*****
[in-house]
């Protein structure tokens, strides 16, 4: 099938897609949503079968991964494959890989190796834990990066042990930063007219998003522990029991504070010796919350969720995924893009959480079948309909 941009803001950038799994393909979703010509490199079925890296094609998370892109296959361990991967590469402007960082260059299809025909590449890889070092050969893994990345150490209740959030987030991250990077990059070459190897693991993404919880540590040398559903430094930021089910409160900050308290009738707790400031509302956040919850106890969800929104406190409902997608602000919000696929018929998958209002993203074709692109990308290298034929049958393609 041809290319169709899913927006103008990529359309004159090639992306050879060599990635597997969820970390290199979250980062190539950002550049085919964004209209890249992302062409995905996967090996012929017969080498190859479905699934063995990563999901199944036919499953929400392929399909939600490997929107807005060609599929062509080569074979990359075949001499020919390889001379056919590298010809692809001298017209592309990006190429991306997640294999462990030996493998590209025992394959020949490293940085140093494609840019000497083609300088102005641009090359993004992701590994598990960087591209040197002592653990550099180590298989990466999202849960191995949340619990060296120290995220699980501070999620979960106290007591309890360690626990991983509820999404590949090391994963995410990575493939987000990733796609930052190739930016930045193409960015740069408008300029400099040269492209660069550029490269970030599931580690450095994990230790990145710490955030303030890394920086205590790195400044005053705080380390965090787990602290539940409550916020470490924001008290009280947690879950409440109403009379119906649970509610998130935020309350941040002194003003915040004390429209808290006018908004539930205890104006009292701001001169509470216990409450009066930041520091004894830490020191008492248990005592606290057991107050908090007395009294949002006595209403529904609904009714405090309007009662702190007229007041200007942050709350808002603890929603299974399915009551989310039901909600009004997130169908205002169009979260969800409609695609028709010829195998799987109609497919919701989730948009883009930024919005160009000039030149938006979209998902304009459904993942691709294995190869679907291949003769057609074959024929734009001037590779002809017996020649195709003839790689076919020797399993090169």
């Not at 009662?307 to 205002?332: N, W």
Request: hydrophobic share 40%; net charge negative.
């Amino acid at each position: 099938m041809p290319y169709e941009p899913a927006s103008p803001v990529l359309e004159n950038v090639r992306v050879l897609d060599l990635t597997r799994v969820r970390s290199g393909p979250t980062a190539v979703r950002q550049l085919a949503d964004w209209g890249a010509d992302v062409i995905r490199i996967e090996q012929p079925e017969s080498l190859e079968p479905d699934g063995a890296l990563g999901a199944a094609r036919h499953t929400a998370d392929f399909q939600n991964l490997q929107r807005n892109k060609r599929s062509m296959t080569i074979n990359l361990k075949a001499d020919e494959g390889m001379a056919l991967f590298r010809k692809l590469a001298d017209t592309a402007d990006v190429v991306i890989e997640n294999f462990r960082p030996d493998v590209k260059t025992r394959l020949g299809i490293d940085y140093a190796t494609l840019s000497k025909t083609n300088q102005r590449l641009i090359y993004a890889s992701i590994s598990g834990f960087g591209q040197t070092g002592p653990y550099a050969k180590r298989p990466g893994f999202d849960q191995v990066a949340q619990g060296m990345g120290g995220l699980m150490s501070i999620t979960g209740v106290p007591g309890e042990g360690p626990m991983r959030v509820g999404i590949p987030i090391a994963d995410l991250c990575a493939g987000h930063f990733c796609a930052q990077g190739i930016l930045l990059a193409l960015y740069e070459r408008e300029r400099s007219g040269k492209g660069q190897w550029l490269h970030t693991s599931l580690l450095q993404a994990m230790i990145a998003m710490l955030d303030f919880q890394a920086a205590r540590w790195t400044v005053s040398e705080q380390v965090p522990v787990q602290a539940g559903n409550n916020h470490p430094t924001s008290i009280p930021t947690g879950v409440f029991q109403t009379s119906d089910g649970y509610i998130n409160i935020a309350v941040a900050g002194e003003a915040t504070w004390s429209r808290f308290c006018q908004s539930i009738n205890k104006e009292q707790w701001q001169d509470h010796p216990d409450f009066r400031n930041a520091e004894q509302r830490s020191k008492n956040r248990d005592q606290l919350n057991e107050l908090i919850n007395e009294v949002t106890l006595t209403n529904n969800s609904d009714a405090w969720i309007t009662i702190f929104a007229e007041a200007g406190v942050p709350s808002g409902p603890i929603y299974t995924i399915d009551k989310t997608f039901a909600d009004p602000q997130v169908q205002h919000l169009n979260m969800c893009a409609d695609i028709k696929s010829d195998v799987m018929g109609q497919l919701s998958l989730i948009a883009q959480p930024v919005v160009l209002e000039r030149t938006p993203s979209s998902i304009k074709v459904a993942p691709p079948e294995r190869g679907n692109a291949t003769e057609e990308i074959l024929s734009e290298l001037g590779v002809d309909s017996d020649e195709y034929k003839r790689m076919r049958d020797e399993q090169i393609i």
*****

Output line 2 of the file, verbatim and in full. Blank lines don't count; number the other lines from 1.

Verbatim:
């Protein structure tokens, strides 16, 4: 099938897609949503079968991964494959890989190796834990990066042990930063007219998003522990029991504070010796919350969720995924893009959480079948309909 941009803001950038799994393909979703010509490199079925890296094609998370892109296959361990991967590469402007960082260059299809025909590449890889070092050969893994990345150490209740959030987030991250990077990059070459190897693991993404919880540590040398559903430094930021089910409160900050308290009738707790400031509302956040919850106890969800929104406190409902997608602000919000696929018929998958209002993203074709692109990308290298034929049958393609 041809290319169709899913927006103008990529359309004159090639992306050879060599990635597997969820970390290199979250980062190539950002550049085919964004209209890249992302062409995905996967090996012929017969080498190859479905699934063995990563999901199944036919499953929400392929399909939600490997929107807005060609599929062509080569074979990359075949001499020919390889001379056919590298010809692809001298017209592309990006190429991306997640294999462990030996493998590209025992394959020949490293940085140093494609840019000497083609300088102005641009090359993004992701590994598990960087591209040197002592653990550099180590298989990466999202849960191995949340619990060296120290995220699980501070999620979960106290007591309890360690626990991983509820999404590949090391994963995410990575493939987000990733796609930052190739930016930045193409960015740069408008300029400099040269492209660069550029490269970030599931580690450095994990230790990145710490955030303030890394920086205590790195400044005053705080380390965090787990602290539940409550916020470490924001008290009280947690879950409440109403009379119906649970509610998130935020309350941040002194003003915040004390429209808290006018908004539930205890104006009292701001001169509470216990409450009066930041520091004894830490020191008492248990005592606290057991107050908090007395009294949002006595209403529904609904009714405090309007009662702190007229007041200007942050709350808002603890929603299974399915009551989310039901909600009004997130169908205002169009979260969800409609695609028709010829195998799987109609497919919701989730948009883009930024919005160009000039030149938006979209998902304009459904993942691709294995190869679907291949003769057609074959024929734009001037590779002809017996020649195709003839790689076919020797399993090169």